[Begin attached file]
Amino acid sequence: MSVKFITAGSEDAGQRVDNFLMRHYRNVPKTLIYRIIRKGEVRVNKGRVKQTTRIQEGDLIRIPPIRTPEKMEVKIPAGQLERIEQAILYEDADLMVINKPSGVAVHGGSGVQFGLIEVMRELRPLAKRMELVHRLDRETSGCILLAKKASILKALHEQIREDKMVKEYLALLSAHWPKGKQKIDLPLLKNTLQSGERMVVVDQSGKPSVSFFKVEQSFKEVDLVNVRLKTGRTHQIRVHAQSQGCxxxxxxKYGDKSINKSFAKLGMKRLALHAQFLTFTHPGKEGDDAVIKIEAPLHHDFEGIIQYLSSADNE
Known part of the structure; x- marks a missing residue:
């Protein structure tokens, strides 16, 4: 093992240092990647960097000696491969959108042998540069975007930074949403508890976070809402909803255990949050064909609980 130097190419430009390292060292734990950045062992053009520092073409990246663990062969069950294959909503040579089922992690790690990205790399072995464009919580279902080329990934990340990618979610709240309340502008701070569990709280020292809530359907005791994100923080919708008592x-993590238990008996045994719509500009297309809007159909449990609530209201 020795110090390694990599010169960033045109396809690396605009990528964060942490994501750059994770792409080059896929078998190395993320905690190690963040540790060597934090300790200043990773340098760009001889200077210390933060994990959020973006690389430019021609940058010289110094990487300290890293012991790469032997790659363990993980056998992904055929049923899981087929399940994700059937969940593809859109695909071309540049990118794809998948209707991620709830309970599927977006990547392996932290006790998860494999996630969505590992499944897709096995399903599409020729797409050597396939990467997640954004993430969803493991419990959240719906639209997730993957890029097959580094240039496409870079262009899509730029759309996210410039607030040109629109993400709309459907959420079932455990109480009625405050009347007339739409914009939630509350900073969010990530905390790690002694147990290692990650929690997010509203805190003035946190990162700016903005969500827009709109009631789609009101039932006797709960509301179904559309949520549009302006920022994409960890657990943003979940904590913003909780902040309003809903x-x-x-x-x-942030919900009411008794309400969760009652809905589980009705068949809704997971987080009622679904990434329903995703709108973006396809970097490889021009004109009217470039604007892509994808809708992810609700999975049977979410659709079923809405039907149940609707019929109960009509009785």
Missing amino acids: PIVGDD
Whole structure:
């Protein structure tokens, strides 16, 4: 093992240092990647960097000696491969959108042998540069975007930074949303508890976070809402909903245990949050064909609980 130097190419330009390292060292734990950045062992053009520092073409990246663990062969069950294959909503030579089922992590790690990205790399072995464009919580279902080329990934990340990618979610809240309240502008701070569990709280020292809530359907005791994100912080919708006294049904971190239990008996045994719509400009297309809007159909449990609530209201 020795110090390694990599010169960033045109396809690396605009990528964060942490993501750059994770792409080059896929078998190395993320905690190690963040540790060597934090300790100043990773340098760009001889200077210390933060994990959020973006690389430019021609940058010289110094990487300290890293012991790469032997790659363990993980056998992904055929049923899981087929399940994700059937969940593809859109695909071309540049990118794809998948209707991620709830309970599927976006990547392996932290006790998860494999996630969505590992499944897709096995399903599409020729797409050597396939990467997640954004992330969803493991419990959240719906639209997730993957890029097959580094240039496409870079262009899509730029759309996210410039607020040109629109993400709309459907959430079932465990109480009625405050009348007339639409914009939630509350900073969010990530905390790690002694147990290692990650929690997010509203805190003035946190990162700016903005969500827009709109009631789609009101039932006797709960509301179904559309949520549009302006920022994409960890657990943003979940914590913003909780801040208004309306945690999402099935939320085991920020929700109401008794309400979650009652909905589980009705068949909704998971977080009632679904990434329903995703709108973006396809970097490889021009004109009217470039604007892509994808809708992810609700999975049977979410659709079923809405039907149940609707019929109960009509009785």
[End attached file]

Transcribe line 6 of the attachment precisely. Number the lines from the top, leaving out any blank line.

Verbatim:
């Protein structure tokens, strides 16, 4: 093992240092990647960097000696491969959108042998540069975007930074949303508890976070809402909903245990949050064909609980 130097190419330009390292060292734990950045062992053009520092073409990246663990062969069950294959909503030579089922992590790690990205790399072995464009919580279902080329990934990340990618979610809240309240502008701070569990709280020292809530359907005791994100912080919708006294049904971190239990008996045994719509400009297309809007159909449990609530209201 020795110090390694990599010169960033045109396809690396605009990528964060942490993501750059994770792409080059896929078998190395993320905690190690963040540790060597934090300790100043990773340098760009001889200077210390933060994990959020973006690389430019021609940058010289110094990487300290890293012991790469032997790659363990993980056998992904055929049923899981087929399940994700059937969940593809859109695909071309540049990118794809998948209707991620709830309970599927976006990547392996932290006790998860494999996630969505590992499944897709096995399903599409020729797409050597396939990467997640954004992330969803493991419990959240719906639209997730993957890029097959580094240039496409870079262009899509730029759309996210410039607020040109629109993400709309459907959430079932465990109480009625405050009348007339639409914009939630509350900073969010990530905390790690002694147990290692990650929690997010509203805190003035946190990162700016903005969500827009709109009631789609009101039932006797709960509301179904559309949520549009302006920022994409960890657990943003979940914590913003909780801040208004309306945690999402099935939320085991920020929700109401008794309400979650009652909905589980009705068949909704998971977080009632679904990434329903995703709108973006396809970097490889021009004109009217470039604007892509994808809708992810609700999975049977979410659709079923809405039907149940609707019929109960009509009785």